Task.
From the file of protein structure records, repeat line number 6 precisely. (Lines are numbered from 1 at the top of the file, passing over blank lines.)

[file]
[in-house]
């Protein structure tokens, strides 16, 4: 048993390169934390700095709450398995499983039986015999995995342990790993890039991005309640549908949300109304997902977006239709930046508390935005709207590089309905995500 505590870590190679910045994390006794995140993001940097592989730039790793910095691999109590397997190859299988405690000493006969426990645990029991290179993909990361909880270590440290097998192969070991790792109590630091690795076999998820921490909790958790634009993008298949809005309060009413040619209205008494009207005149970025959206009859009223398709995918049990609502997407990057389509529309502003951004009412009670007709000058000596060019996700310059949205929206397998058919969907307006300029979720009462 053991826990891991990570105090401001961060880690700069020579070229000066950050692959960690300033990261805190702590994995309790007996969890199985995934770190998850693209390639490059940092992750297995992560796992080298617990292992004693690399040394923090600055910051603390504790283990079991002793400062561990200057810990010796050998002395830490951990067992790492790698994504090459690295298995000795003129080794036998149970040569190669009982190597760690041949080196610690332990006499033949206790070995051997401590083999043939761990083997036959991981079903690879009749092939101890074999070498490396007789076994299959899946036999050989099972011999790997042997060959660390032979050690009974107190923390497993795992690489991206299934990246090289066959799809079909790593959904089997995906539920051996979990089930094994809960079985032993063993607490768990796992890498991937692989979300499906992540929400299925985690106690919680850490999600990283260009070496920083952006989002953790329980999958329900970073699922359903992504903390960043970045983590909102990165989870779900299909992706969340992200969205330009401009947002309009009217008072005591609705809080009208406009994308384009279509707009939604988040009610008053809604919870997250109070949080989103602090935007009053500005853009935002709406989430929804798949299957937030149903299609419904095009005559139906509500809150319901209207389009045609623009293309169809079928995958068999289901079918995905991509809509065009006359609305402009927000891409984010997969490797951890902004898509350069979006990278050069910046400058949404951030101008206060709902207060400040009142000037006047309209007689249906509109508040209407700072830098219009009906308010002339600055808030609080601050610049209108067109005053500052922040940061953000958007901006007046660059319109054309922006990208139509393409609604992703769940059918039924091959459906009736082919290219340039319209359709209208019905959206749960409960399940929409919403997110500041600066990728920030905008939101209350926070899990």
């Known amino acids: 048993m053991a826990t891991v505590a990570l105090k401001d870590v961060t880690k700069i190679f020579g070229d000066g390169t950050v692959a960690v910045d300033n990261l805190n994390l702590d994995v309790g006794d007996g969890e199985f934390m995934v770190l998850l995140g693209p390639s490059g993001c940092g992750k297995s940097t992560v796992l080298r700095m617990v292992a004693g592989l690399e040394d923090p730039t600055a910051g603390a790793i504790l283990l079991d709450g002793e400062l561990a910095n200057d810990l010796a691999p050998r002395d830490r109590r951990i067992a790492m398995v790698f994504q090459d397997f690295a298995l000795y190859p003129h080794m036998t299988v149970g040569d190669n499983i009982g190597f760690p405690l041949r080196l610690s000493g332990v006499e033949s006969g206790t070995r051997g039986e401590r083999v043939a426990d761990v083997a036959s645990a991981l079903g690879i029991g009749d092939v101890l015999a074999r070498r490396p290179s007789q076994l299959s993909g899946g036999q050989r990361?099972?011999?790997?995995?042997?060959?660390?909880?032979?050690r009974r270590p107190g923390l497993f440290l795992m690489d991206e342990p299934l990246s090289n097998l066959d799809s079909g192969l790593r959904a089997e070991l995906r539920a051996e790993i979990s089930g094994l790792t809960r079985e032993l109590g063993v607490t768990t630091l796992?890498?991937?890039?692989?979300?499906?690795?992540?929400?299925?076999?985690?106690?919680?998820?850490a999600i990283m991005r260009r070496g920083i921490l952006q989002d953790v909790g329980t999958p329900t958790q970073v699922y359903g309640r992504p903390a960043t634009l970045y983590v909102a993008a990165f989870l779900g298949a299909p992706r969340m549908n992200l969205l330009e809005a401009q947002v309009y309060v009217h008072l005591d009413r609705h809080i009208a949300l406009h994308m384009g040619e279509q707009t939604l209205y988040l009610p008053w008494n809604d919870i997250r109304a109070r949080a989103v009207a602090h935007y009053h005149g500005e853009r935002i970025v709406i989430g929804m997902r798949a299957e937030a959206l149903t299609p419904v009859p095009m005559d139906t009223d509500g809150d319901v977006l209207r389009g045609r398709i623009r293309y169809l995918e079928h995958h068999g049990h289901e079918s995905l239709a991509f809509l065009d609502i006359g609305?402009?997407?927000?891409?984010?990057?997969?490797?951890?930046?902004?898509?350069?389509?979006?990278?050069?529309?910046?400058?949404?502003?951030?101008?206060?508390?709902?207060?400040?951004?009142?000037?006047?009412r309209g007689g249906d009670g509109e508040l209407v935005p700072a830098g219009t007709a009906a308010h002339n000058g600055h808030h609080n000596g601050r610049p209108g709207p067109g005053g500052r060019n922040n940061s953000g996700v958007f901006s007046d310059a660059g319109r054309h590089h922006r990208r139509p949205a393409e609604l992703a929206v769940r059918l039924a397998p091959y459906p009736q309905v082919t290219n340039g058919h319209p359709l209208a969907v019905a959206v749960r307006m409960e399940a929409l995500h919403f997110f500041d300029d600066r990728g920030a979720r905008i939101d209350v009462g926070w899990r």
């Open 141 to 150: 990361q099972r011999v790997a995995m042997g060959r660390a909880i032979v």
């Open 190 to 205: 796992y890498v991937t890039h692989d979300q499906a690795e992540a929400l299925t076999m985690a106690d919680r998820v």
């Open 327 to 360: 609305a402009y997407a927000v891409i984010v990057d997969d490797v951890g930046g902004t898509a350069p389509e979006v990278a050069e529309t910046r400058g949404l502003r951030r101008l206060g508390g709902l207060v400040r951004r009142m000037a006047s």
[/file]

């Open 327 to 360: 609305a402009y997407a927000v891409i984010v990057d997969d490797v951890g930046g902004t898509a350069p389509e979006v990278a050069e529309t910046r400058g949404l502003r951030r101008l206060g508390g709902l207060v400040r951004r009142m000037a006047s």